Re: Intuitive EA Proformance Practice Research


Subject: Re: Intuitive EA Proformance Practice Research
From: Rick (ricknance@gmail.com)
Date: Thu Oct 13 2005 - 18:30:58 EDT


On 10/13/05, Richard Wentk <richard@skydancer.com> wrote:
> At 18:33 13/10/2005, you wrote:

> I don't think this is true because there examples that contradict it - e.g.
> a guitar synthesizer [...]no one seems to mind
> that there's no longer a relationship between physical string pitch and
> performed pitch, or that the sound that's being made is nothing like a
> guitar and doesn't respond in the same kind of way.
>

Oh yeah, that was it.

There Is a relationship between physical string pitch and performed
pitch. The feedback loop is continuous. Yes there are long-learned
perfomance techniques, but that's not (primarily) what we're talking
about now.

Once the parameters have been set up for, let's say, a guitart
controller (we won't talk about MIDI because it's 8bit and there's no
point anymore, its just an mass production artifact) but a controller
with some decent voltage control outputs and good AD conversion. The
string is still directly tied to the signal (unless it's been decided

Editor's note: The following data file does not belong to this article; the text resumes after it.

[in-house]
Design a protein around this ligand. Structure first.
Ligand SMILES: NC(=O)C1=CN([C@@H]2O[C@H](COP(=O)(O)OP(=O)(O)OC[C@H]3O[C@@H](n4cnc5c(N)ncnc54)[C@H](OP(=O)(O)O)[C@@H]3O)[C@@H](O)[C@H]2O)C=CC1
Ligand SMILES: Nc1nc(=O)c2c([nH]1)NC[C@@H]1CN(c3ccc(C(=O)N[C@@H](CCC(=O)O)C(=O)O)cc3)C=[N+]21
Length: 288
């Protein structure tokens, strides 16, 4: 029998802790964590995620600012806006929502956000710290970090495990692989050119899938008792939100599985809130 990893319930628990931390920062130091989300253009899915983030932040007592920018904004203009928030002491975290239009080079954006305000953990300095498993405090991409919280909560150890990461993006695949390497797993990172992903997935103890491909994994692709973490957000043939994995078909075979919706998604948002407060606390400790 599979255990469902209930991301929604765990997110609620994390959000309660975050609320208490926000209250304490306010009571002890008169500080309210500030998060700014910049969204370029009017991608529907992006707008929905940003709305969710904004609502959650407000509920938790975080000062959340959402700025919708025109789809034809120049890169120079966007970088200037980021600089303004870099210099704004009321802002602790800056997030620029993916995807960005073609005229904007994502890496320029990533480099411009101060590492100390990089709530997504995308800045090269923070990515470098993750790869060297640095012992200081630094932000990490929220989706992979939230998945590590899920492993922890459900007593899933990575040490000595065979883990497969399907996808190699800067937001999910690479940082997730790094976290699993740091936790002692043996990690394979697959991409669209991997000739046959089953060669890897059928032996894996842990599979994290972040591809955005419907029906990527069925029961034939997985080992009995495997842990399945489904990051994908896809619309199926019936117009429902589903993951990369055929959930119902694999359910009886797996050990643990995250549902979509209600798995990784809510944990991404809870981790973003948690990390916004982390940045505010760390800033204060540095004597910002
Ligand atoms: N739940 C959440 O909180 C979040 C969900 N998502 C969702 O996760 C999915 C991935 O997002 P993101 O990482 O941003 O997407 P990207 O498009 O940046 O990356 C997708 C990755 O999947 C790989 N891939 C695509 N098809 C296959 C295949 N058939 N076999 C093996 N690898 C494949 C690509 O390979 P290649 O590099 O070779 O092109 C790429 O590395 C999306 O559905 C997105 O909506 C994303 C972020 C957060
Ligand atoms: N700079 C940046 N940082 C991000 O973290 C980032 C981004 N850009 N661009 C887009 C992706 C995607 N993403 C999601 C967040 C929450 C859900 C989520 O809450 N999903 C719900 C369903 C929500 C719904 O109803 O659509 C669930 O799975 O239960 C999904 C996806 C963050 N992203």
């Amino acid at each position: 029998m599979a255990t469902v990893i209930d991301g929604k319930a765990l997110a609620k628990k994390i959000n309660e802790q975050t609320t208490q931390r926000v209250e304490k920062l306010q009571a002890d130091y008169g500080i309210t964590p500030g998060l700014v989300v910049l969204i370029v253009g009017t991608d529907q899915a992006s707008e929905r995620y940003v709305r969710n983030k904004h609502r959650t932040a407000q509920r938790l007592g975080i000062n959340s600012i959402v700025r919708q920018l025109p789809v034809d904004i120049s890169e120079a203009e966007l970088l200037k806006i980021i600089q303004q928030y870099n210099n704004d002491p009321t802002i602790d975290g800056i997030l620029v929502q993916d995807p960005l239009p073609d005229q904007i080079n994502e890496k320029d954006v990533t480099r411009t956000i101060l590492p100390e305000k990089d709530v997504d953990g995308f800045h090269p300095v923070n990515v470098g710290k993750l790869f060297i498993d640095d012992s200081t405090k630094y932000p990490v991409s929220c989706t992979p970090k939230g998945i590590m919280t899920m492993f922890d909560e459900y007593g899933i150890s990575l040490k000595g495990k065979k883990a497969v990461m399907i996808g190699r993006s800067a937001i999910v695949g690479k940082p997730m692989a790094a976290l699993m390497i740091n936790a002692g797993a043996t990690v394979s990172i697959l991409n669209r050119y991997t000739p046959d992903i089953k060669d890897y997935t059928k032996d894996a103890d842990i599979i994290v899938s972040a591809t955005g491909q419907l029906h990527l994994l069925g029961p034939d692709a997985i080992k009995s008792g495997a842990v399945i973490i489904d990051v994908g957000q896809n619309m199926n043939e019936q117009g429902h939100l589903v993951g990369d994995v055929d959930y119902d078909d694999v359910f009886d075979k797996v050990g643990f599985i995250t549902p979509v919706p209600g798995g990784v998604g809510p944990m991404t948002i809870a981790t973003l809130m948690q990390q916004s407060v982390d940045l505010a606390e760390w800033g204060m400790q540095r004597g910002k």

to program the controlled device to do otherwise) The ears are tied to
the sound and to the hands.

> At that point you're no longer
> playing the violin in a physical sense, you're playing the sound with
> pedals and other modifiers that offer little or no tactile feedback at all.

Not true.The modifiers may alter the signal, but they do it in a
relatively direct way (if for no other reasn, than maybe to keep the
lagtime to 0), In a sense no more different than differently shaped
body or a different material string/body/plectra alters the sound of a
guitar. When youplay an electric guitar, you sometimes hear it refered
to as a "rig". You often play the physical EA space between the amp
and guitar when trying to control feedback and overdrive/distortion,
but you're still entirely immersed in the ear/body/sound/instrument
feedback system.

There's still that piano thing, but it's a percussion device really.
And it seems to me tht there's still a very direct physical
relationship to the sounds' outcome. Yes, it lacks forced feedback. so
that's a deadend for the rest of my argument. But i'm still right and
everyone else is wrong. I would add some sort of smileyface thingy
here, but there have been complaints lodged and I'm not sure of the
ironic smile.

R

Pianos only really have velocity as an articulation feature, but to
> make up for it the sound is unusally rich and complex.
>
> In fact there seems to be a trade-off in instrument design where simpler
> sounding instruments tend to be built with more articulation, and those
> with more complex timbres offer less.
>
> Richard
>
>
>

--
======================
Rick Nance
De Montfort University
Leicester, UK
RickNance.org



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